Volume No. 18 Issue No. 4 April 2021  



  Getting to know your school district
  D 49’s Equity Leadership Advisory Council
  

     El Paso County Colorado School District 49 recently implemented an Equity Leadership Advisory Council. They have elected the executive board and are ready to assist the district to make equity part of their strategic plan. Equity is also defined as open-mindedness, objectivity, impartiality.
   
   Dr. Lou Fletcher, director of culture and service for D 49, said he started looking at chartering a group that would include people from the community, teachers and administrators, to assist the district in maintaining a sustainable environment of equity. “That’s where the Equity Leadership Advisory Council came in,” Fletcher said. The focus group started out with four people in August 2020 and has grown to about 30 people, Fletcher said.
   
   The council has adopted a charter, and the executive board includes a principal, assistant principal and a community member.
   
   Fletcher started working for the district seven years ago to assist them with allegations of harassment and discrimination. He said he started a program to work with the District of Colorado Department of Justice to examine what it would take for the district to get to a place where they no longer had to be monitored by the DOJ.
   
   He then approached the Department of Defense Education Activity, which is responsible for planning, directing, coordinating and managing prekindergarten through 12th grade educational programs on behalf of the United States Department of Defense. Fletcher said they agreed to give the district a five-year, $1.5 million grant; 2021 is the last year of the grant.
   
   The grant allowed the school district to implement a multi-cultural education program for the adults and curricular intervention for the students; they also created a monitoring and mentoring program and implemented restorative practices. He said they focused on the whole spectrum of equity and diversity, not just race, but also socioeconomic and gender/transgender issues. Through those efforts, they were able to be eliminated from the DOJ’s monitoring list in three years — an unprecedented accomplishment, Fletcher said. “The cultural impact is that restorative practices are a part of D 49; it’s a transformed school district,” he said.
   
   One thing they learned from the DOJ is to respond, react and then go further to see if there is a policy or anything in their governance that is facilitating the problem. He said if they find something that is inadvertently allowing an injustice to happen or a policy that might no longer be in alignment with the district, they go to the board and change it.
   
   The media recently reported that a D 49 teacher was reprimanded for showing Black Lives Matter material. However, Fletcher said the teacher did not follow policy before introducing the material; thus, the reason for the disciplinary action. He said the policy states that teachers need to let parents know ahead of time what lessons are being taught and what elements are involved, particularly if they’re bringing up something that is not typical or considered “controversial.”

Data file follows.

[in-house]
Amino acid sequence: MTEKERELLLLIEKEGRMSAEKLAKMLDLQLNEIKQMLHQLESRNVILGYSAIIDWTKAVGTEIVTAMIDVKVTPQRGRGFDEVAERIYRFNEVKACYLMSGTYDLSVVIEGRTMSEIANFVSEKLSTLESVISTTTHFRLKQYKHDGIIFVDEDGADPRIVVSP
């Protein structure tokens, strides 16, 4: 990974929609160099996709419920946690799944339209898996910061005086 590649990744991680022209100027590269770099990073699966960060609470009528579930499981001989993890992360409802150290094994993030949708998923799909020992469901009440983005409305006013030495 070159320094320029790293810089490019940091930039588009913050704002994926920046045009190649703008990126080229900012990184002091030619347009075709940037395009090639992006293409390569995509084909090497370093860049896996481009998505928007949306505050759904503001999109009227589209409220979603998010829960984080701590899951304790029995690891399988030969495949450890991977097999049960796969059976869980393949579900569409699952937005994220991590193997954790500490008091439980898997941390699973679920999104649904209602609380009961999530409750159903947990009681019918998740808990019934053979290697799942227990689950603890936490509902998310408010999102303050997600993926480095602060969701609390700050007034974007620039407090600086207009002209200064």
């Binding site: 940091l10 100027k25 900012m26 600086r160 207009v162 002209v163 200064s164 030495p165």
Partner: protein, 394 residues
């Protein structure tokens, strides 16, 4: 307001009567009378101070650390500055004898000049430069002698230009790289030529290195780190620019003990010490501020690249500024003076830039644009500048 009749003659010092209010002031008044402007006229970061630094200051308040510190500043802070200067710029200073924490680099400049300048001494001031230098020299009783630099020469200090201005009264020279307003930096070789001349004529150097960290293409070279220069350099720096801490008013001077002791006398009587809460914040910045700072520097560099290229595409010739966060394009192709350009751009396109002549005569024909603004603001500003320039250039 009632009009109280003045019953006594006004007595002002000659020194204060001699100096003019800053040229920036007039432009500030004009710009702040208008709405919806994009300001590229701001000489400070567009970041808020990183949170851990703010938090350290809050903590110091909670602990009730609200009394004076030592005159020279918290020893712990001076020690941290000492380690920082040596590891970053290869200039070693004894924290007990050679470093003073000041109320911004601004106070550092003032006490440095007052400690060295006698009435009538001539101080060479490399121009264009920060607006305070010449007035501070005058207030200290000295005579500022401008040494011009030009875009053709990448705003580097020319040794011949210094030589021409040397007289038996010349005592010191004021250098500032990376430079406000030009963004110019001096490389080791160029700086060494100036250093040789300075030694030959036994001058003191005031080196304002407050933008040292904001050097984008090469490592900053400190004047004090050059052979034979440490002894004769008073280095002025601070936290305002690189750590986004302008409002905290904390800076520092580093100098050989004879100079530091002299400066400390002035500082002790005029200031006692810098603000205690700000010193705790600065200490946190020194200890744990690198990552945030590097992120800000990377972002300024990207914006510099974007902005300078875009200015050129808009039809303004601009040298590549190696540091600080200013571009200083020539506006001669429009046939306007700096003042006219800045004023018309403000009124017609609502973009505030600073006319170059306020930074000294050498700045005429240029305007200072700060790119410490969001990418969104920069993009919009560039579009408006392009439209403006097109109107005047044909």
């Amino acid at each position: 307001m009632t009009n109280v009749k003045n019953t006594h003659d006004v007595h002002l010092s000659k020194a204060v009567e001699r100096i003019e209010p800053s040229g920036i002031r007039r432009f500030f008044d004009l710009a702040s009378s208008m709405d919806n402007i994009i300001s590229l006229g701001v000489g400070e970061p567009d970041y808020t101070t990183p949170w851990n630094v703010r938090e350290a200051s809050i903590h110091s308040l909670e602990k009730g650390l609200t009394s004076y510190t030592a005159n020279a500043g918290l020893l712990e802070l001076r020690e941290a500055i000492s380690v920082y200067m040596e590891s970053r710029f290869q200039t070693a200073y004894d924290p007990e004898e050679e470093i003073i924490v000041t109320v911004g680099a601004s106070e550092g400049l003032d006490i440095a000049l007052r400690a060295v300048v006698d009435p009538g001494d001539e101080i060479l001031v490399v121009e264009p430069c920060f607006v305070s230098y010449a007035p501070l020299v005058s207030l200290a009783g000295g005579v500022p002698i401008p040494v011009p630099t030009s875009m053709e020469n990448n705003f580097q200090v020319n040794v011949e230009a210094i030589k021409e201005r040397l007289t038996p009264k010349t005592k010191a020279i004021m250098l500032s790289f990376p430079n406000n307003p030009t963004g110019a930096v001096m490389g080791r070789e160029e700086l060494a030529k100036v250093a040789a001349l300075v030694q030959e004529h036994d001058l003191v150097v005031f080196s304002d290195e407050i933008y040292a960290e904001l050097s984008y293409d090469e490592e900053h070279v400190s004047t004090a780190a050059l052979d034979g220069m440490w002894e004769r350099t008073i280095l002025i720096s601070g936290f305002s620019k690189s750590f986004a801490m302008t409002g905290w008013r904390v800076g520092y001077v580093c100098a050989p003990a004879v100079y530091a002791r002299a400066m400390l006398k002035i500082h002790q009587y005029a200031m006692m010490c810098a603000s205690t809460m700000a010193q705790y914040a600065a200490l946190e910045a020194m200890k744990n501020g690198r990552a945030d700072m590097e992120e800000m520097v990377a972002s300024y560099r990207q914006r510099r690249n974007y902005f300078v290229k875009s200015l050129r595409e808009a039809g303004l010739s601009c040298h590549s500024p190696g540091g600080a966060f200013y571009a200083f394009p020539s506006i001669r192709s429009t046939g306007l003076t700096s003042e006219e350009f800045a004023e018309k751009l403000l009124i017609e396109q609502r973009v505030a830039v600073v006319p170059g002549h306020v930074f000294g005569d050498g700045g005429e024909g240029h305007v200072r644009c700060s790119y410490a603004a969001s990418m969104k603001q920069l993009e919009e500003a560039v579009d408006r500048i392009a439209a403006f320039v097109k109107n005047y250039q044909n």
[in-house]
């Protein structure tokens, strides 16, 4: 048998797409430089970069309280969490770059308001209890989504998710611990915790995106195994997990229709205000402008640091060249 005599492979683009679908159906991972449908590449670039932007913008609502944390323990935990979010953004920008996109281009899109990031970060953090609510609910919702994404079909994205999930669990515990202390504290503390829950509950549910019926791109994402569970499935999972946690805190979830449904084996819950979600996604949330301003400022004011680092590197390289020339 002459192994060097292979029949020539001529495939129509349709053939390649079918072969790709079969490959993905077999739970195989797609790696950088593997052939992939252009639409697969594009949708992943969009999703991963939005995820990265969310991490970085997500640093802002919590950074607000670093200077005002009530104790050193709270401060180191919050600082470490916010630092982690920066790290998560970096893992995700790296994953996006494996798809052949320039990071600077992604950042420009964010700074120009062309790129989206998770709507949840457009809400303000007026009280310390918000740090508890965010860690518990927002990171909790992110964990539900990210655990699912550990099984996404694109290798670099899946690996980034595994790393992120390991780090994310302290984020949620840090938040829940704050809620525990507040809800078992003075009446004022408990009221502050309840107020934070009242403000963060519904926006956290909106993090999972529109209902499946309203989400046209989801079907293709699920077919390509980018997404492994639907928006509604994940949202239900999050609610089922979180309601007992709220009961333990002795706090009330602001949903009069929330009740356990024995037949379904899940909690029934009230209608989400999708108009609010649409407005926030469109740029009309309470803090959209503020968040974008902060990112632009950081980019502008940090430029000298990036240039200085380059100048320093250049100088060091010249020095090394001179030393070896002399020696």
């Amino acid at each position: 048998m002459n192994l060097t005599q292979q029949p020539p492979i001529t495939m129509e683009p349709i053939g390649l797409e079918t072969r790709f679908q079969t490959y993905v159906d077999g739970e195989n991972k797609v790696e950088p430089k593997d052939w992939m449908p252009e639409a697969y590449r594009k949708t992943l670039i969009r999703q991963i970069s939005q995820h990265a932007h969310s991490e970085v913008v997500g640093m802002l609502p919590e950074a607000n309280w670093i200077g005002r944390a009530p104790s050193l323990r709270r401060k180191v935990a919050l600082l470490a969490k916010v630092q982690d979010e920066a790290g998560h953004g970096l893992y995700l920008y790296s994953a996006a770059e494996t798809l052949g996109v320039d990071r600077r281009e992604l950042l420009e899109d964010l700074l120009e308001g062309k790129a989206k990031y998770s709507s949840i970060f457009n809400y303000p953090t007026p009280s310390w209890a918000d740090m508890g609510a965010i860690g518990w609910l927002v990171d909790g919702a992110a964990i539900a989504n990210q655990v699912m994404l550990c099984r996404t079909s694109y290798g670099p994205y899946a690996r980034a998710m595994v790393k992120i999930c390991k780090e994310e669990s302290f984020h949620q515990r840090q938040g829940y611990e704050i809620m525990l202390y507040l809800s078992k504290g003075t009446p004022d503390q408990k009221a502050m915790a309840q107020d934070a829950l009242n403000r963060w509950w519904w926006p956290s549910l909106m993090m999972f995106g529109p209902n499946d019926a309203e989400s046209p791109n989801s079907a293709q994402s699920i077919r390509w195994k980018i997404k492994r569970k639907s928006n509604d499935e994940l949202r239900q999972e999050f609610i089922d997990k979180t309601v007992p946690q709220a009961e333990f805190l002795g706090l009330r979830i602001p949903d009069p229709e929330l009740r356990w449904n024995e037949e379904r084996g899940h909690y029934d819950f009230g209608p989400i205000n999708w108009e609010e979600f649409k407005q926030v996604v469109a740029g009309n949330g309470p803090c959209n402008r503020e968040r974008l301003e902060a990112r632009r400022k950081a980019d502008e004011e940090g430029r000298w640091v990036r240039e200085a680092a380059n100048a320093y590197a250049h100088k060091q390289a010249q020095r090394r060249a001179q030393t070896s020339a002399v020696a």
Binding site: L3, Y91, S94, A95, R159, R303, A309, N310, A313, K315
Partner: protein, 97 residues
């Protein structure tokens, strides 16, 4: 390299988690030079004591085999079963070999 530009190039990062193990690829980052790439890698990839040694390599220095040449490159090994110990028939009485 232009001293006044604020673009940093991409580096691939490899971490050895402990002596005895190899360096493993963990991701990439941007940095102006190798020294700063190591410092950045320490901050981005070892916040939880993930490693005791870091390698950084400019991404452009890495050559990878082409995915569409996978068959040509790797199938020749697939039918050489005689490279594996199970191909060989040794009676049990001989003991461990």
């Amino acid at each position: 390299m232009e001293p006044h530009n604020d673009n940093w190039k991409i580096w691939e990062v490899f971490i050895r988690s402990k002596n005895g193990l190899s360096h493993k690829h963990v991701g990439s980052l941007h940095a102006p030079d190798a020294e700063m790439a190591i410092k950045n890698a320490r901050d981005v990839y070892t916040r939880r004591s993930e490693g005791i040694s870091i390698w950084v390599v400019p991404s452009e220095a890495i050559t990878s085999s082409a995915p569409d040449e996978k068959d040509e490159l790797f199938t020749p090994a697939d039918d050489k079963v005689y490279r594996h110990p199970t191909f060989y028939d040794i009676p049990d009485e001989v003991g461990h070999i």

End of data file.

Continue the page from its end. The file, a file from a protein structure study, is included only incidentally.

“This policy is not so the parents can say, ‘my child isn’t coming to school today because you’re teaching about such and such,’ but so they are prepared to have conversations with their kids when they come home and say for example, ‘we talked about BLM at school today,’” he said. “That’s actually fantastic, that’s what we should be doing and talking about, but we need to prepare the parents so if they choose, they can have a conversation about the topic with their family and not be blindsided.”
   
   Fletcher said the principal actually gave the teacher permission to talk about BLM, but, in accordance with the policy, she had to let the parents know that the subject could be controversial. He said they also have a policy that states if the parents have a problem with something the district is teaching, they can challenge it; it gives the staff an opportunity to have a conversation with them about why it is part of the curriculum. “We’re open to that; it doesn’t mean we’re necessarily going to change the topic, but it’s a great opportunity to talk about why that piece of curriculum is important,” he said.
   
   “Our school district exists because of the students, and that’s where our focus is; we’re here for our students and their families.” Fletcher said D 49 wants to make sure the employees and the community know that as a school district, they must be in compliance with federal law.
   And it is important to hear views from all sides.
   
   “If you just say ban this or burn that, there’s no place for dialogue,” he said. “Sometimes with dialogue, discourse will happen and that’s fine because at least we’re still talking; we just don’t want to have silence.”
   
   The Equity Leadership Advisory Council will provide more communication and engagement with the students, staff and community, he said.
   
   “We’re doing work in a very conservative area, and we’re changing hearts and minds,” Fletcher said. “In the past, the district couldn’t get a bond or mill to pass and now we are getting those passed to do great things for our students; if the community was opposed and didn’t trust us, those things wouldn’t be happening.”
 
 
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